Laparoscopic subtotal cholecystectomy is safe and effective when faced with challenging anatomy

R P Evans, MBBS, MRCS, N S Malik, BMed, Sci, Hons, BMBS, Hons, M A Khan, FRCS. Mid-Staffordshire NHS Trust, UK.

Background: Laparoscopic cholecystectomy has become a routine operation. The proportion of operations performed on an emergent or urgent basis is increasing. Laparoscopic cholecystectomy during acute inflammation is often significantly more challenging than the interval elective procedure. When faced with complicated cholecystitis, one must decide between sub-total laparoscopic cholecystectomy or conversion to open total cholecystectomy. The aim of the study is to determine whether complications can be kept to a minimum without needing to perform an open procedure.

Methods: Retrospective analysis of a prospectively managed database in a UK District General hospital between 02/2011 and 03/2013.

Overall: In the 25-month period, 466 laparoscopic cholecystectomies were performed; comprising 375 (80%) female and 91 (20%) male patients. 95 (20%) underwent simultaneous on-table cholangiogram. 60 cases (13%) were performed as ‘hot’ emergency or urgent procedures. Only two cases (0.4%) were converted to an open procedure: one in which a small incision was necessary to remove a large stone; another in which omental bleeding was encountered. 1 patients (0.2%) developed post-operative bile leak. No bile duct injuries occurred.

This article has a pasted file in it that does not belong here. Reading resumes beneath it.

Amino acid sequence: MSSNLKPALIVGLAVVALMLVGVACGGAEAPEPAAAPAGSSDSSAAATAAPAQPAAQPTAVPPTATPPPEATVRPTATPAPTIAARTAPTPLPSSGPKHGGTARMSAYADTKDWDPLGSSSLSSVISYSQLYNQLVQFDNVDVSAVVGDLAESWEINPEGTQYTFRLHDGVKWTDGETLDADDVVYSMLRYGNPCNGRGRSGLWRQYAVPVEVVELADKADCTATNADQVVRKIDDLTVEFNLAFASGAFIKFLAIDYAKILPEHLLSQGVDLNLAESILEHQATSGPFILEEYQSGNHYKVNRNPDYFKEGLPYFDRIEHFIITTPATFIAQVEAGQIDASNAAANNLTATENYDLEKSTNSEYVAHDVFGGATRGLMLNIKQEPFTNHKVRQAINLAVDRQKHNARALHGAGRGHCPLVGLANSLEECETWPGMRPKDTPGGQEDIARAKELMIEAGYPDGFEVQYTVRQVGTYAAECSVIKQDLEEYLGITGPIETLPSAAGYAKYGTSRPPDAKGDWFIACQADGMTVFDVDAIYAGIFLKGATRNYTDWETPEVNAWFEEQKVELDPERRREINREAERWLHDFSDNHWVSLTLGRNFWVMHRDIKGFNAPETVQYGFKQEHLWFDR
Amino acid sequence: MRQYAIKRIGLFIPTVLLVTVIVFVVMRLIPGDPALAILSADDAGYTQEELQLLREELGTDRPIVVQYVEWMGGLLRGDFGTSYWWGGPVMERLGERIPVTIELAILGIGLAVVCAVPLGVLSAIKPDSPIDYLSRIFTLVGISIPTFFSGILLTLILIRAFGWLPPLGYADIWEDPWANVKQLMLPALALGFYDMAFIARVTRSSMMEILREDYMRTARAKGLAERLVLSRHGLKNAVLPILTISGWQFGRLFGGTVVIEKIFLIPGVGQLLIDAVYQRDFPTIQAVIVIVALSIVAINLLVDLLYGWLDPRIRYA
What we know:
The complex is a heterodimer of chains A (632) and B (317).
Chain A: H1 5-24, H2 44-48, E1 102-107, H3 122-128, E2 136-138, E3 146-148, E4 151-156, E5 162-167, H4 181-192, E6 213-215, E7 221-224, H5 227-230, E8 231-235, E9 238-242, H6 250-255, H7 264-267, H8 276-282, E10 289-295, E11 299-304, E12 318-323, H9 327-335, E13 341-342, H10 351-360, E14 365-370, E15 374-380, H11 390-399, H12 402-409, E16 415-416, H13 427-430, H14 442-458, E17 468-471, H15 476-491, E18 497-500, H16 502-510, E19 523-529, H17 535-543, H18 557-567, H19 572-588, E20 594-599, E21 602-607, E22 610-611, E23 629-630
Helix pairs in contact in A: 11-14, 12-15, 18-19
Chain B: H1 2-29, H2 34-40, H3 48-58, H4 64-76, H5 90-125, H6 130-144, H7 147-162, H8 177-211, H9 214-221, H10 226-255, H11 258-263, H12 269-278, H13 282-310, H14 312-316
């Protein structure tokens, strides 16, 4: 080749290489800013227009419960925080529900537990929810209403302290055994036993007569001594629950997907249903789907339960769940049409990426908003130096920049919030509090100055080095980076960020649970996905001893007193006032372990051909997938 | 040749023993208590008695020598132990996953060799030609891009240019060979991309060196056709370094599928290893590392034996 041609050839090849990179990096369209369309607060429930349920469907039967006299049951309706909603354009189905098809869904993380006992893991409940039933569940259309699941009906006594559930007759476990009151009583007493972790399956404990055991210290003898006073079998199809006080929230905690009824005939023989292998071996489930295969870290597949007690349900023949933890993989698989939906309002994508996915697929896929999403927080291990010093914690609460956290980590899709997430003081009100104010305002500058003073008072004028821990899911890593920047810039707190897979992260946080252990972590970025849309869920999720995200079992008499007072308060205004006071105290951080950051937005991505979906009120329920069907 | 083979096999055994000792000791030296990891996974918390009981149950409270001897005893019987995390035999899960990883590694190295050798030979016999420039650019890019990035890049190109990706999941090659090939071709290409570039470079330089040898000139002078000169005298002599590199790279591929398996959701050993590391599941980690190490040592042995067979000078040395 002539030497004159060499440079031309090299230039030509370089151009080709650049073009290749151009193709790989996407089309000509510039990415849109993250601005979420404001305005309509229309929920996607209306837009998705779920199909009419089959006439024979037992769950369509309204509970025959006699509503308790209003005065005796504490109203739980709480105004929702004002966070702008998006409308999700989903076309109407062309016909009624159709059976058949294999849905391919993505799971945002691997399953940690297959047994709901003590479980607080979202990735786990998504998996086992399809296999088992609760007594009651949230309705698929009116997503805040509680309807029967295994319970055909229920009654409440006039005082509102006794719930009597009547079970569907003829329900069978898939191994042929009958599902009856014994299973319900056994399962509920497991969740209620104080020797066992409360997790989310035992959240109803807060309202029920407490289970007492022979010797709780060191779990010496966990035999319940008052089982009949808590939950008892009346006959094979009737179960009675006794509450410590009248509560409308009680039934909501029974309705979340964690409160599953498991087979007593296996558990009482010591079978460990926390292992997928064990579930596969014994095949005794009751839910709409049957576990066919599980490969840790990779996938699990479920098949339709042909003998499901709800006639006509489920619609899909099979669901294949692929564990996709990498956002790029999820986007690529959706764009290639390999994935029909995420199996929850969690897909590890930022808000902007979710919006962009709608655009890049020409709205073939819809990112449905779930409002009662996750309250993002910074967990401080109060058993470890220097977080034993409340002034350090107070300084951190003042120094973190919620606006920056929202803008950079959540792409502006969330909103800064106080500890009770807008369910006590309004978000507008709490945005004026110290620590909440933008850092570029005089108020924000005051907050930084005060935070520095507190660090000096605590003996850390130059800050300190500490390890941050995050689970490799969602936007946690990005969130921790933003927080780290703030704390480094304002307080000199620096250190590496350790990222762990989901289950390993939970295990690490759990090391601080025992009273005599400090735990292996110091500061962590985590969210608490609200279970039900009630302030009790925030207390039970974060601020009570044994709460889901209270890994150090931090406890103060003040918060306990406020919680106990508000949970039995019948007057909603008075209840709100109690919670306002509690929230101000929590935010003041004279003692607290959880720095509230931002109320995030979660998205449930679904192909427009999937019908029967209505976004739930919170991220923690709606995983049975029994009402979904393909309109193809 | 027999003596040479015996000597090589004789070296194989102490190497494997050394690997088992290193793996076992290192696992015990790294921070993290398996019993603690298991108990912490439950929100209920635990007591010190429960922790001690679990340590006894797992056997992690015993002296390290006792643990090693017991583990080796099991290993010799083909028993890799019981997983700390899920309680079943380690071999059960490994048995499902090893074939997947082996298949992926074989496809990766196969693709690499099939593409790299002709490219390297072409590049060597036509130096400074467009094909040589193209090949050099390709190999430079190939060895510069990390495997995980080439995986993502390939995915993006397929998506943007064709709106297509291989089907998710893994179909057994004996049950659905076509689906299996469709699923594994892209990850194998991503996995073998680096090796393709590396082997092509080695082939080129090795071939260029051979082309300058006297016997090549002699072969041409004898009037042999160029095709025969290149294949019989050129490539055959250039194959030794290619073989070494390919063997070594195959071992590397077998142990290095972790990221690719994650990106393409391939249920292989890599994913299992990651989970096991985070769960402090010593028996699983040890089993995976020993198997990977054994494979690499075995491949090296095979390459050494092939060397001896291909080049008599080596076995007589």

Laparoscopic subtotal cholecystectomy sub-group: 20 (4%) patients underwent laparoscopic subtotal cholecystectomy. The median age of patients was 68 (range 43 to 83), 13 were men. 16 patients presented with cholecystitis, two with biliary colic, one with cholangitis and one with pancreatitis. Three required pre-operative ERCP during immediate work-up for cholecystectomy. A further two had undergone ERCP with sphincterotomy during previous admissions. Only 5 of the procedures were performed on ‘hot’ gallbladders. Despite this, active inflammation was present in 12 cases. Empyema was present in four patients. Three gallbladders were perforated. 15 of the 20 cases required retrograde dissection. In one case Hartmann’s pouch was left open, in 5 Hartmann’s pouch was sutured and in the remaining 14 an Endoloop was applied. Post-operative management: All underwent sub-hepatic drain insertion. Of these, 14 were removed during admission and the remaining 6 were removed in clinic. Median time to drain removal was 2 days (range 1-13 days). Median length of stay was 2 days (range 1-6 days). Complications, follow up and re-intervention: No bile leakage or bile duct injury occurred. 7 patients were followed routinely, median follow up time was 10 days (range 6 days – 3 months). 2 patients were re-referred to clinic from primary care with on-going symptoms. Of these, one required laparoscopic completion cholecystectomy 13 months following the original procedure. Another suffered cholangitis attributed to pre-operative ERCP and sphincterotomy, managed conservatively. 2 patients re-presented to acute surgical services. One developed a sub-hepatic collection 6 months post operatively, managed conservatively. Another developed biliary obstruction due to small cell lung cancer and underwent stent insertion.

Conclusion: In the context of indefinable anatomy, laparoscopic sub-total cholecystectomy with retrograde dissection is a safe procedure with minimal complications. It is sufficient management in the majority of patients. It allows for safe re-intervention in the small proportion of patients suffering on-going biliary symptoms.

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